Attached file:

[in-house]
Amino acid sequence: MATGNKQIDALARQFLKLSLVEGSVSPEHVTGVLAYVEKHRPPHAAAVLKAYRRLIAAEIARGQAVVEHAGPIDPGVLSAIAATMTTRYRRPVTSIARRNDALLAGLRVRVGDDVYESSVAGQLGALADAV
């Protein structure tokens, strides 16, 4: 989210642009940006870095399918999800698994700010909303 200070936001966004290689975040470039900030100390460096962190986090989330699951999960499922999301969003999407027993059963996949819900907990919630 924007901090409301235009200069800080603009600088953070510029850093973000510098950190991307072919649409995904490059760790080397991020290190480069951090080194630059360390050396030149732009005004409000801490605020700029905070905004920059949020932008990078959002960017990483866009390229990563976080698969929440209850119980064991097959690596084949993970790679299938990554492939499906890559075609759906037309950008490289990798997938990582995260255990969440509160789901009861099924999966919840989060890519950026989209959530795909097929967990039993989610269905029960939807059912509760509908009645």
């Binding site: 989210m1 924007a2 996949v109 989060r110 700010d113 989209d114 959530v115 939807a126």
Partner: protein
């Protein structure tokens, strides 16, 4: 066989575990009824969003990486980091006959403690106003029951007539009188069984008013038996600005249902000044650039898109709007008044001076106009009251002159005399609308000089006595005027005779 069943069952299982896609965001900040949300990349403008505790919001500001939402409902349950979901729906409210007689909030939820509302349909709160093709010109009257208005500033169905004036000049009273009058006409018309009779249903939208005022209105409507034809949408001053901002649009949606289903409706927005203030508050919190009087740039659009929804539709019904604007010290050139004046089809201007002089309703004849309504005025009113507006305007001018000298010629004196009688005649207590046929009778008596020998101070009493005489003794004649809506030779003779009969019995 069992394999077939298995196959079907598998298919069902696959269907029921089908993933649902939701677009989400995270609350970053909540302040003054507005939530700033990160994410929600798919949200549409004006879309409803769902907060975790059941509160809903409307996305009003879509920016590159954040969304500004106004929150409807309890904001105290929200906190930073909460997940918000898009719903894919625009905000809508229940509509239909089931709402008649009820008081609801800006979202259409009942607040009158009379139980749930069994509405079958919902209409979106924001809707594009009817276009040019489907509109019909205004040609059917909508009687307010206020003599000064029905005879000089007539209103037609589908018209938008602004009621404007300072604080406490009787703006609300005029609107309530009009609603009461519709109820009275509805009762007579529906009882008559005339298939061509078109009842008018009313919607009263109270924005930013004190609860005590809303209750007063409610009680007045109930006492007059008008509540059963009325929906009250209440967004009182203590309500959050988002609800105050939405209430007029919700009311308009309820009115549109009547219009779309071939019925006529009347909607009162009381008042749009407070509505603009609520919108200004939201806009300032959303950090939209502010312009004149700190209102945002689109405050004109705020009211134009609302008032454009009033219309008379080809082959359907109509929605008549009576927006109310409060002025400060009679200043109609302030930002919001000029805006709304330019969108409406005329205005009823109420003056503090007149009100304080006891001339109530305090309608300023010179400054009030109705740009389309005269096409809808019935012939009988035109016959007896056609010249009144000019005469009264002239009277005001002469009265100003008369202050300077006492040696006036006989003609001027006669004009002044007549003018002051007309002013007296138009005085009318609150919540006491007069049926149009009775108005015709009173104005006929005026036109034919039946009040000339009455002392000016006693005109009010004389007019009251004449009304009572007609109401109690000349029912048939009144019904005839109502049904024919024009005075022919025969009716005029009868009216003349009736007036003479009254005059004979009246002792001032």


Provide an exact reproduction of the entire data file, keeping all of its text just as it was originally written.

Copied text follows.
[in-house]
Amino acid sequence: MATGNKQIDALARQFLKLSLVEGSVSPEHVTGVLAYVEKHRPPHAAAVLKAYRRLIAAEIARGQAVVEHAGPIDPGVLSAIAATMTTRYRRPVTSIARRNDALLAGLRVRVGDDVYESSVAGQLGALADAV
């Protein structure tokens, strides 16, 4: 989210642009940006870095399918999800698994700010909303 200070936001966004290689975040470039900030100390460096962190986090989330699951999960499922999301969003999407027993059963996949819900907990919630 924007901090409301235009200069800080603009600088953070510029850093973000510098950190991307072919649409995904490059760790080397991020290190480069951090080194630059360390050396030149732009005004409000801490605020700029905070905004920059949020932008990078959002960017990483866009390229990563976080698969929440209850119980064991097959690596084949993970790679299938990554492939499906890559075609759906037309950008490289990798997938990582995260255990969440509160789901009861099924999966919840989060890519950026989209959530795909097929967990039993989610269905029960939807059912509760509908009645």
């Binding site: 989210m1 924007a2 996949v109 989060r110 700010d113 989209d114 959530v115 939807a126």
Partner: protein
């Protein structure tokens, strides 16, 4: 066989575990009824969003990486980091006959403690106003029951007539009188069984008013038996600005249902000044650039898109709007008044001076106009009251002159005399609308000089006595005027005779 069943069952299982896609965001900040949300990349403008505790919001500001939402409902349950979901729906409210007689909030939820509302349909709160093709010109009257208005500033169905004036000049009273009058006409018309009779249903939208005022209105409507034809949408001053901002649009949606289903409706927005203030508050919190009087740039659009929804539709019904604007010290050139004046089809201007002089309703004849309504005025009113507006305007001018000298010629004196009688005649207590046929009778008596020998101070009493005489003794004649809506030779003779009969019995 069992394999077939298995196959079907598998298919069902696959269907029921089908993933649902939701677009989400995270609350970053909540302040003054507005939530700033990160994410929600798919949200549409004006879309409803769902907060975790059941509160809903409307996305009003879509920016590159954040969304500004106004929150409807309890904001105290929200906190930073909460997940918000898009719903894919625009905000809508229940509509239909089931709402008649009820008081609801800006979202259409009942607040009158009379139980749930069994509405079958919902209409979106924001809707594009009817276009040019489907509109019909205004040609059917909508009687307010206020003599000064029905005879000089007539209103037609589908018209938008602004009621404007300072604080406490009787703006609300005029609107309530009009609603009461519709109820009275509805009762007579529906009882008559005339298939061509078109009842008018009313919607009263109270924005930013004190609860005590809303209750007063409610009680007045109930006492007059008008509540059963009325929906009250209440967004009182203590309500959050988002609800105050939405209430007029919700009311308009309820009115549109009547219009779309071939019925006529009347909607009162009381008042749009407070509505603009609520919108200004939201806009300032959303950090939209502010312009004149700190209102945002689109405050004109705020009211134009609302008032454009009033219309008379080809082959359907109509929605008549009576927006109310409060002025400060009679200043109609302030930002919001000029805006709304330019969108409406005329205005009823109420003056503090007149009100304080006891001339109530305090309608300023010179400054009030109705740009389309005269096409809808019935012939009988035109016959007896056609010249009144000019005469009264002239009277005001002469009265100003008369202050300077006492040696006036006989003609001027006669004009002044007549003018002051007309002013007296138009005085009318609150919540006491007069049926149009009775108005015709009173104005006929005026036109034919039946009040000339009455002392000016006693005109009010004389007019009251004449009304009572007609109401109690000349029912048939009144019904005839109502049904024919024009005075022919025969009716005029009868009216003349009736007036003479009254005059004979009246002792001032």